Security tight in Beijing on anniversary of 1989 crackdown | Inquirer News

Security tight in Beijing on anniversary of 1989 crackdown

/ 04:51 PM June 04, 2016
Visitors walk across Tiananmen Square in Beijing, Saturday, June 4, 2016. Saturday marks the 27th anniversary of China’s bloody crackdown on pro-democracy protests centered on Beijing’s Tiananmen Square. (AP Photo/Mark Schiefelbein)

Visitors walk across Tiananmen Square in Beijing on June 4. Saturday marks the 27th anniversary of China’’s bloody crackdown on prodemocracy protests centered on Beijing’’s Tiananmen Square. AP

BEIJING—China tightened security around Beijing’s Tiananmen Square on Saturday on the 27th anniversary of the bloody military crackdown on student-led pro-democracy protests, pointing to the enduring sensitivity over the events among the Communist Party leadership.

Police checked IDs and searched the bags of anyone seeking to enter the environs of the vast public space in the center of the capital where thousands of students, workers and ordinary citizens gathered in 1989 to demand political reforms. Journalists from The Associated Press were stopped, filmed and ultimately forced to leave the area, ostensibly for lacking proper permission.


Hundreds, possibly thousands, of people were killed as tanks and troops converged on Beijing on the night of June 3-4, 1989. The topic remains taboo in China and any form of commemoration, whether public or private, is banned.

Memorials were planned in the semi-autonomous Chinese territory of Hong Kong and on the self-governing island democracy of Taiwan, where some former student leaders have found refuge.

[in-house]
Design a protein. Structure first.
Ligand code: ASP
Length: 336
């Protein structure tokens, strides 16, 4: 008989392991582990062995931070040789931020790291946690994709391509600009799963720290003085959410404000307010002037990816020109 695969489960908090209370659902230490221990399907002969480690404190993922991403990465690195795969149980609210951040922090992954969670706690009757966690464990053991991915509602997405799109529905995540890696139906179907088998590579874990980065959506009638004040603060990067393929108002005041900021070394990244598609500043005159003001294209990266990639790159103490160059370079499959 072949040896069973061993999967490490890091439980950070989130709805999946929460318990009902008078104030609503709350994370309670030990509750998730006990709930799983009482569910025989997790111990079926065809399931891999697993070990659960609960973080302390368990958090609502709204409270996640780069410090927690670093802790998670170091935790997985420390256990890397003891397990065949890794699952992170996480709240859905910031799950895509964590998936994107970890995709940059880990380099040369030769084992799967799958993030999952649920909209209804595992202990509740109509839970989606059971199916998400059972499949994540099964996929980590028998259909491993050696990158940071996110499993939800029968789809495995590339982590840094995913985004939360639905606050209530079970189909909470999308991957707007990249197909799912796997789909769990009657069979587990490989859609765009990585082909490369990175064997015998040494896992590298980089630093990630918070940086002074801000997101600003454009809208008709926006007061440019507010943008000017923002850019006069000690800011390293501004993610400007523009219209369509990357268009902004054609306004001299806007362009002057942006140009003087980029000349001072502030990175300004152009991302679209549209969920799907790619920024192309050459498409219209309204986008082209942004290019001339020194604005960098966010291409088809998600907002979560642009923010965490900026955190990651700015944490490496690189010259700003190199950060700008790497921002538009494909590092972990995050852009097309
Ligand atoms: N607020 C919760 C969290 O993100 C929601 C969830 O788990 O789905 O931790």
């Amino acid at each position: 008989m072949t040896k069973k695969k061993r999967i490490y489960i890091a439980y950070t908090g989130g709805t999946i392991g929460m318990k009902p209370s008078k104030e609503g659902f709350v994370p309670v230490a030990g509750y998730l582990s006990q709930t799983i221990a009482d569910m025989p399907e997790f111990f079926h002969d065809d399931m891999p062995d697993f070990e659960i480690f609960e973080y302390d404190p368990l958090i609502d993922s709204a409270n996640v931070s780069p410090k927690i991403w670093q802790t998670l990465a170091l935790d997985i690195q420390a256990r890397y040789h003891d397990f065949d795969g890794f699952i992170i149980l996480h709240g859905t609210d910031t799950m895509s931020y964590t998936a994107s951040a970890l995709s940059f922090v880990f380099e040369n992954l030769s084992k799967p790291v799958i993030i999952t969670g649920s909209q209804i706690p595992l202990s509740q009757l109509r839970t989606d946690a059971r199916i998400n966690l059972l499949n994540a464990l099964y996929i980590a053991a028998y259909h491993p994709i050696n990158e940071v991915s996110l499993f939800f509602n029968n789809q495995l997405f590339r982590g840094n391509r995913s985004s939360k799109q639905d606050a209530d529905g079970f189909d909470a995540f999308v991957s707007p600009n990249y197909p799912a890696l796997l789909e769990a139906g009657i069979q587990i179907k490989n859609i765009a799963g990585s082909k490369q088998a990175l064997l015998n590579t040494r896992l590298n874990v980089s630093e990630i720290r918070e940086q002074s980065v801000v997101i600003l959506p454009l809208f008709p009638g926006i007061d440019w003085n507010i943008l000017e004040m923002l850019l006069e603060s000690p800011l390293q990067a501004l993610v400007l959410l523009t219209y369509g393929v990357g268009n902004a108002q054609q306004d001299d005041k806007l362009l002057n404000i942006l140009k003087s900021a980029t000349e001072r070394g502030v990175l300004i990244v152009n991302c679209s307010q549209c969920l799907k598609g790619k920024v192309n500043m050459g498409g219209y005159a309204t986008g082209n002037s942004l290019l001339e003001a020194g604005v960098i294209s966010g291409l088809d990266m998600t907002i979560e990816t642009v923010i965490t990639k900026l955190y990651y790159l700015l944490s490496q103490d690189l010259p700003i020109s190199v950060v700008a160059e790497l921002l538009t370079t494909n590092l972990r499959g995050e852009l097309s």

The Taiwanese Cabinet office responsible for ties with China issued a statement urging Beijing to “face up and heal the historical scars of June 4.”

“We look forward to the Chinese mainland reevaluating the history of June 4, valuing the will of the people and creating a fair, just and harmonious society through the building of institutions,” the Mainland Affairs Council said in a news release.

Ahead of the anniversary, family members of those killed in the crackdown were placed under additional restrictions, either confined to their homes or forced to leave the capital. China’s government has rejected their calls for an independent accounting of the events and those killed and maimed by soldiers.

At least half a dozen people have reportedly been detained in recent days for attempting to commemorate the events, although a small group wearing T-shirts condemning the crackdown converged on the square last Sunday. Among them was former house painter Qi Zhiyong, whose leg was amputated after he was shot by troops.

In Washington, the US state department called for a “full public accounting of those killed, detained, or missing and for an end to censorship of discussions about the events of June 4, 1989, as well as an end to harassment and detention of those who wish to peacefully commemorate the anniversary.”

In a statement, it also urged the Chinese government to respect the rights and freedoms of all its citizens.

Asked Friday about the anniversary, Chinese Foreign Ministry spokeswoman Hua Chunying said China had “long ago reached a clear conclusion about the political turmoil at the end of 1980s and other related issues.”

China’s explosive economic growth in the years that followed “proves that the path of socialism with Chinese characters we chose to follow … is in line with the fundamental interests of the Chinese people, and it represents a wish shared by them all,” Hua told reporters at a daily news briefing.

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